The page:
1. Remove stem end of chile, then insert knive through opening to remove seeds and ribs (Alternatively if you want to leave the stem attached, you can make a “T” shaped cut with the top of the “T” at the stem end of the pepper and remove the seeds and ribs through this cut).
    Cut out ribs and seeds

    Cut out ribs and seeds

    No more seeds or ribs

    No more seeds or ribs

  2. Place chile(s) on aluminum foil under broiler. Broil, turning occasionally with tongs, until the chile blackens and blisters on all sides.  Watch carefully–peppers are flammable!  Cover the chile and allow to steam until cool enough to handle. Gently peel/scrape away and discard the chile skin, being careful not to tear the flesh; set the chile aside.

    Char under broiler for skin removal

    Char under broiler for skin removal

  3. Stuff the chile with about 1/2 c of cheese again being careful not to tear it. Set aside.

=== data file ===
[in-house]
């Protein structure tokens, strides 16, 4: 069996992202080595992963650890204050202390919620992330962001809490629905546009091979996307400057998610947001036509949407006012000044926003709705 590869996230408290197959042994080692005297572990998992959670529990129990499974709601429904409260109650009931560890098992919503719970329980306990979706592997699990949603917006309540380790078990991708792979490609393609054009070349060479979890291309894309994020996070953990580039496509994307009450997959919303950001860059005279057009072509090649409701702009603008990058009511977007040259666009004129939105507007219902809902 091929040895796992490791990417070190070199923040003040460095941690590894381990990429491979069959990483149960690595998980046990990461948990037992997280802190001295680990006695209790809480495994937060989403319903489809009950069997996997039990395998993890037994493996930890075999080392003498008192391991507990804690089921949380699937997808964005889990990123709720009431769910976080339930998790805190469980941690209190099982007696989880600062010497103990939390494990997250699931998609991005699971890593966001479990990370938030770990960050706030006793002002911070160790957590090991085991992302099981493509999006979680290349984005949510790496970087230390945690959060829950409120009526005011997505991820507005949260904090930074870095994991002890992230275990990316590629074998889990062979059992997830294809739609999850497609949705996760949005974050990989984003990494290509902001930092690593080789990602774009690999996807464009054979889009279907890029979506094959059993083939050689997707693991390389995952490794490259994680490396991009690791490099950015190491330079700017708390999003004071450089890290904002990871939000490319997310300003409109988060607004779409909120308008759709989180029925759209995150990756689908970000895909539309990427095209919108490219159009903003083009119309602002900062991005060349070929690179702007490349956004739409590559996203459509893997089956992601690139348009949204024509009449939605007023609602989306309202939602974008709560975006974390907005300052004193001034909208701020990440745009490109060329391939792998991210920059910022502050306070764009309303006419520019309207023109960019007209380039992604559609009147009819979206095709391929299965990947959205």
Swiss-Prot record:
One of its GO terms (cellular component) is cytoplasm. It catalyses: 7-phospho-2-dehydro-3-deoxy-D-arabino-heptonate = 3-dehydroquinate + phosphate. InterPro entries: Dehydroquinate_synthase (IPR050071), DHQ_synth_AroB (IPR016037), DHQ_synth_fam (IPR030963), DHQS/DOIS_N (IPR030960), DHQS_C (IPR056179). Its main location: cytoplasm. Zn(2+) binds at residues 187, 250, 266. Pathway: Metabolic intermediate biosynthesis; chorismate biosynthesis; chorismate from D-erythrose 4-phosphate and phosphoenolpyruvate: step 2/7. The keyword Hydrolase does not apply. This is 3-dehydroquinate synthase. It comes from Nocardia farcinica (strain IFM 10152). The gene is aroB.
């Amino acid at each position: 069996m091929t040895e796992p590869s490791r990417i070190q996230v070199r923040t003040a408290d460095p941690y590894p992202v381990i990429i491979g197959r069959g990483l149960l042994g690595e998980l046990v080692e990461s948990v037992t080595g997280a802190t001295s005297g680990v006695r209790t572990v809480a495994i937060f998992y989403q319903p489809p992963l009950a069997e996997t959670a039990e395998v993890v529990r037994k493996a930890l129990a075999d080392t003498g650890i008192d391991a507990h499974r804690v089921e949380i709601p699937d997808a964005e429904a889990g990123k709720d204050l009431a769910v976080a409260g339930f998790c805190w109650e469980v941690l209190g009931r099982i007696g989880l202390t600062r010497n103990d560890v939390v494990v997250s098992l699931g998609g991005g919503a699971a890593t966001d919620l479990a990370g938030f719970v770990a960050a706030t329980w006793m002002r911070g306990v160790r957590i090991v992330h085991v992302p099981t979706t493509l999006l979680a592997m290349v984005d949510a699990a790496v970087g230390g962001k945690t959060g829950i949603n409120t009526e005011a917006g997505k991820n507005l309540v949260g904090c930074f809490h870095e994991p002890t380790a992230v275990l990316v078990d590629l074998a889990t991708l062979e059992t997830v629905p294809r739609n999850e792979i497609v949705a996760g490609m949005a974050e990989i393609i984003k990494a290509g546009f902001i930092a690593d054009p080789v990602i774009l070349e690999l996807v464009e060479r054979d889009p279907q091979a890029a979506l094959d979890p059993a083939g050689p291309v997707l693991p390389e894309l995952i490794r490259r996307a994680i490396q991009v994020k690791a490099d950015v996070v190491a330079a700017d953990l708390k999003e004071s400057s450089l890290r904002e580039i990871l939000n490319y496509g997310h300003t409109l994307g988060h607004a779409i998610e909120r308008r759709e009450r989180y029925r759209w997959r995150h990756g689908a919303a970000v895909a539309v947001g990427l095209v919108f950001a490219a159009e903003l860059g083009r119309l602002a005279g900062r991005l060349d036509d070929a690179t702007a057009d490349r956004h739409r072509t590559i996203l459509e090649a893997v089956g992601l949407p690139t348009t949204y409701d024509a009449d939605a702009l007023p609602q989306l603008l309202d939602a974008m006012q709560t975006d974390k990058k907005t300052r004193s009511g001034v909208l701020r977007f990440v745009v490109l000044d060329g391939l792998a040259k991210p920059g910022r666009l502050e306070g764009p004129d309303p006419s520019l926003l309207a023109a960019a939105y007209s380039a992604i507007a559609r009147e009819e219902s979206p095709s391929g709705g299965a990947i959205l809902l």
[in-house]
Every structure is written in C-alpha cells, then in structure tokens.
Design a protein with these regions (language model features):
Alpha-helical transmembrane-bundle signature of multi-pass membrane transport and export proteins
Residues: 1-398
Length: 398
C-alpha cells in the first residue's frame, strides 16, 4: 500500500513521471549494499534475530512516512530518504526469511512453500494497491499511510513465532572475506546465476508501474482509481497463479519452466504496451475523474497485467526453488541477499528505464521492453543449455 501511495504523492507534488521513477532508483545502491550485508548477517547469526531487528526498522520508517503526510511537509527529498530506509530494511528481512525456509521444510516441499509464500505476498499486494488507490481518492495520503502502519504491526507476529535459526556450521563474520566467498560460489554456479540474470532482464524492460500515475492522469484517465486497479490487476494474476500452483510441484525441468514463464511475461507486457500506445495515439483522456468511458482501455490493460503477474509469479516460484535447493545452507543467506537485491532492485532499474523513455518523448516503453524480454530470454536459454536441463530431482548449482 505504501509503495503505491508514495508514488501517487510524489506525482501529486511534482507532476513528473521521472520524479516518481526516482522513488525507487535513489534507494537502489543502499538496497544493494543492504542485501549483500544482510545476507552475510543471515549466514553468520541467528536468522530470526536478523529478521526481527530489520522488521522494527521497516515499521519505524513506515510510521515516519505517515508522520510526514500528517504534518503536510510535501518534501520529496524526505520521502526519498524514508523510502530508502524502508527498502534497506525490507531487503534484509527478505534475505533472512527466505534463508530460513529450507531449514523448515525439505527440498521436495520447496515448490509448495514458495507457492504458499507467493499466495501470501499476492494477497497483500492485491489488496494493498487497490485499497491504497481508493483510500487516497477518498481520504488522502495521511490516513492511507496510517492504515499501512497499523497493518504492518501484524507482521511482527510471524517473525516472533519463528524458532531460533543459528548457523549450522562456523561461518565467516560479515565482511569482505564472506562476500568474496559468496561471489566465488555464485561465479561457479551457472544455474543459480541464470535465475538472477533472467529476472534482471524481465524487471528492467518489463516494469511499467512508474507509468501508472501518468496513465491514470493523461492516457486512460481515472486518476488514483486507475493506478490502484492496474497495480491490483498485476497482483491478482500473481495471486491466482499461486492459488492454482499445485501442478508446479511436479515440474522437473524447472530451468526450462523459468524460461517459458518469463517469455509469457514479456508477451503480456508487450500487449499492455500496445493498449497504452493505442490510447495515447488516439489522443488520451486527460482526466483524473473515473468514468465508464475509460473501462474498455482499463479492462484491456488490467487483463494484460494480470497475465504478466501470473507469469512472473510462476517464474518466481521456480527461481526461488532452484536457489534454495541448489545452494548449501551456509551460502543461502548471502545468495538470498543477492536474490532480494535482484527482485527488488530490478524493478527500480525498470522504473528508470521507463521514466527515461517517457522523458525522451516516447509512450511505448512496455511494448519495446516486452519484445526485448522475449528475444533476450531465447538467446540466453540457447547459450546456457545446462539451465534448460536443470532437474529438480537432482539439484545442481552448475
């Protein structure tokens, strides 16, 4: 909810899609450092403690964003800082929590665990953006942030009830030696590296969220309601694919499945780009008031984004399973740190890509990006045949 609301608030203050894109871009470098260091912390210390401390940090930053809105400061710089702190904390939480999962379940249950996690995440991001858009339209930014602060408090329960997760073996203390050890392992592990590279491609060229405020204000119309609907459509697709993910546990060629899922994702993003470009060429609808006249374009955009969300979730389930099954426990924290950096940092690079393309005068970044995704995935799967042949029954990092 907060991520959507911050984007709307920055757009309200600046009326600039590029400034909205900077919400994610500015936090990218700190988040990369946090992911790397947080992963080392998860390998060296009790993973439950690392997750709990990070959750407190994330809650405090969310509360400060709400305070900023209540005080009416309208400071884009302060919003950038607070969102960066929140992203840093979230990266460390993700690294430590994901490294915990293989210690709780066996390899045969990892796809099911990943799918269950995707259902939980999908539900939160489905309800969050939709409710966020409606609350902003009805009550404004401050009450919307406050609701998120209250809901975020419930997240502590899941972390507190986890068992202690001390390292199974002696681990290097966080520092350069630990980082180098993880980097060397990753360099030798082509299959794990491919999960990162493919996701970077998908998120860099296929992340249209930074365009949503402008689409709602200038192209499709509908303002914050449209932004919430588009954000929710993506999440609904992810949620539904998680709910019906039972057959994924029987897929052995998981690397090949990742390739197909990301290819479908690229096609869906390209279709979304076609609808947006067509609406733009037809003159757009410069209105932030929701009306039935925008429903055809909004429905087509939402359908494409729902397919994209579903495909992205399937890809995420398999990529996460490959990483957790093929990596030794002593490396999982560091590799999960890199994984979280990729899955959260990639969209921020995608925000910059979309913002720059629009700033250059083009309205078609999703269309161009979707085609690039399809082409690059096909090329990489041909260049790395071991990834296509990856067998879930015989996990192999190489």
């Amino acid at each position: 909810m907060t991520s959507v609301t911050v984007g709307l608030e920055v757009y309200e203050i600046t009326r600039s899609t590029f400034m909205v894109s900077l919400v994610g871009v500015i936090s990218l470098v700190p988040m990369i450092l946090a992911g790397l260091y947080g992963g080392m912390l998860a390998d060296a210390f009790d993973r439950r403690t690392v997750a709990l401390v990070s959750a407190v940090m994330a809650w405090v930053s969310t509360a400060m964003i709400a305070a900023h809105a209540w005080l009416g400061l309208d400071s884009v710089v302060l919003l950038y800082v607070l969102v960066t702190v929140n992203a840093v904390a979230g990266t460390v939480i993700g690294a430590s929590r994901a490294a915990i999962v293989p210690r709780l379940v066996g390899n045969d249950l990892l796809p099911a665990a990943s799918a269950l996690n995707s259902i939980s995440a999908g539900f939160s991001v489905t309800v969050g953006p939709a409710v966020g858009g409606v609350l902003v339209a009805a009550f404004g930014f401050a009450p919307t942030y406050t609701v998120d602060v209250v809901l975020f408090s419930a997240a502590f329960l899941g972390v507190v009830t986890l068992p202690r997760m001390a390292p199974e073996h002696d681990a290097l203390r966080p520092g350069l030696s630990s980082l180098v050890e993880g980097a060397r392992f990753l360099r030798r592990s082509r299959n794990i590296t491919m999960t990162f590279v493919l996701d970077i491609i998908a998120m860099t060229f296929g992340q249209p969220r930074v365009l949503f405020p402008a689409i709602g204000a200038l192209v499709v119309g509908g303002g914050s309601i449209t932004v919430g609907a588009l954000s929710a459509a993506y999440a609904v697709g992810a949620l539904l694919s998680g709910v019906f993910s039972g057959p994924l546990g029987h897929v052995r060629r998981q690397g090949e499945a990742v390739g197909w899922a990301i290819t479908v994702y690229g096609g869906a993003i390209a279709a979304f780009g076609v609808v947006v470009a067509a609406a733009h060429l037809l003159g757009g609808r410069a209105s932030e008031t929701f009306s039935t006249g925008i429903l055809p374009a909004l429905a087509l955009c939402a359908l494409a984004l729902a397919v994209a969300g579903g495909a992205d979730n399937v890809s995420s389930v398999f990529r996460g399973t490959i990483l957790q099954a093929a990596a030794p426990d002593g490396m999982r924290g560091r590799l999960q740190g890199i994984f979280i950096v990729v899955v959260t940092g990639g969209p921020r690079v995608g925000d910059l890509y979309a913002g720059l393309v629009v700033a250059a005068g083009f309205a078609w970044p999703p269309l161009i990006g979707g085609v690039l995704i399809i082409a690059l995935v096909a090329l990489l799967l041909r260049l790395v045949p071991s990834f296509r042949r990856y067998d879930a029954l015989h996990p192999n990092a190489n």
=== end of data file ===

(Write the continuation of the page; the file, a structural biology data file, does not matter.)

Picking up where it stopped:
Pepper with cheese

    Pepper with cheese

  4. Beat the egg whites and salt on high speed until stiff peaks form.  In a separate bowl, beat the egg yolk until frothy.  Fold the beaten yolks into the beaten whites until just combined (do not deflate the egg whites); set aside.

    Make the batter

    Make the batter

  5. Heat the oil in a large frying pan over medium-high heat until hot. Drop about 1/2  cup of the batter into the oil and spread it to about the same size as the stuffed chile. Lay the chile on top of the mound of batter. Drop another 1/2 cup of batter on top of the chile, spreading it to cover the sides and encase the chile. Cook without disturbing until the bottom of the chile relleno is golden brown. Using a flat spatula and a fork, carefully flip the chile relleno over and cook until the other side is golden brown. If you are making more than one, transfer the chile relleno to the oven to keep warm and repeat with the remaining stuffed chiles.
    Set pepper in batter

    Set pepper in batter

    Layer batter on top

    Layer batter on top

    Cover with batter

    Cover with batter

    Turn when golden (do not get distracted by photographing your work and allow to get too brown)

    Turn when golden (do not get distracted by photographing your work and allow to get too brown)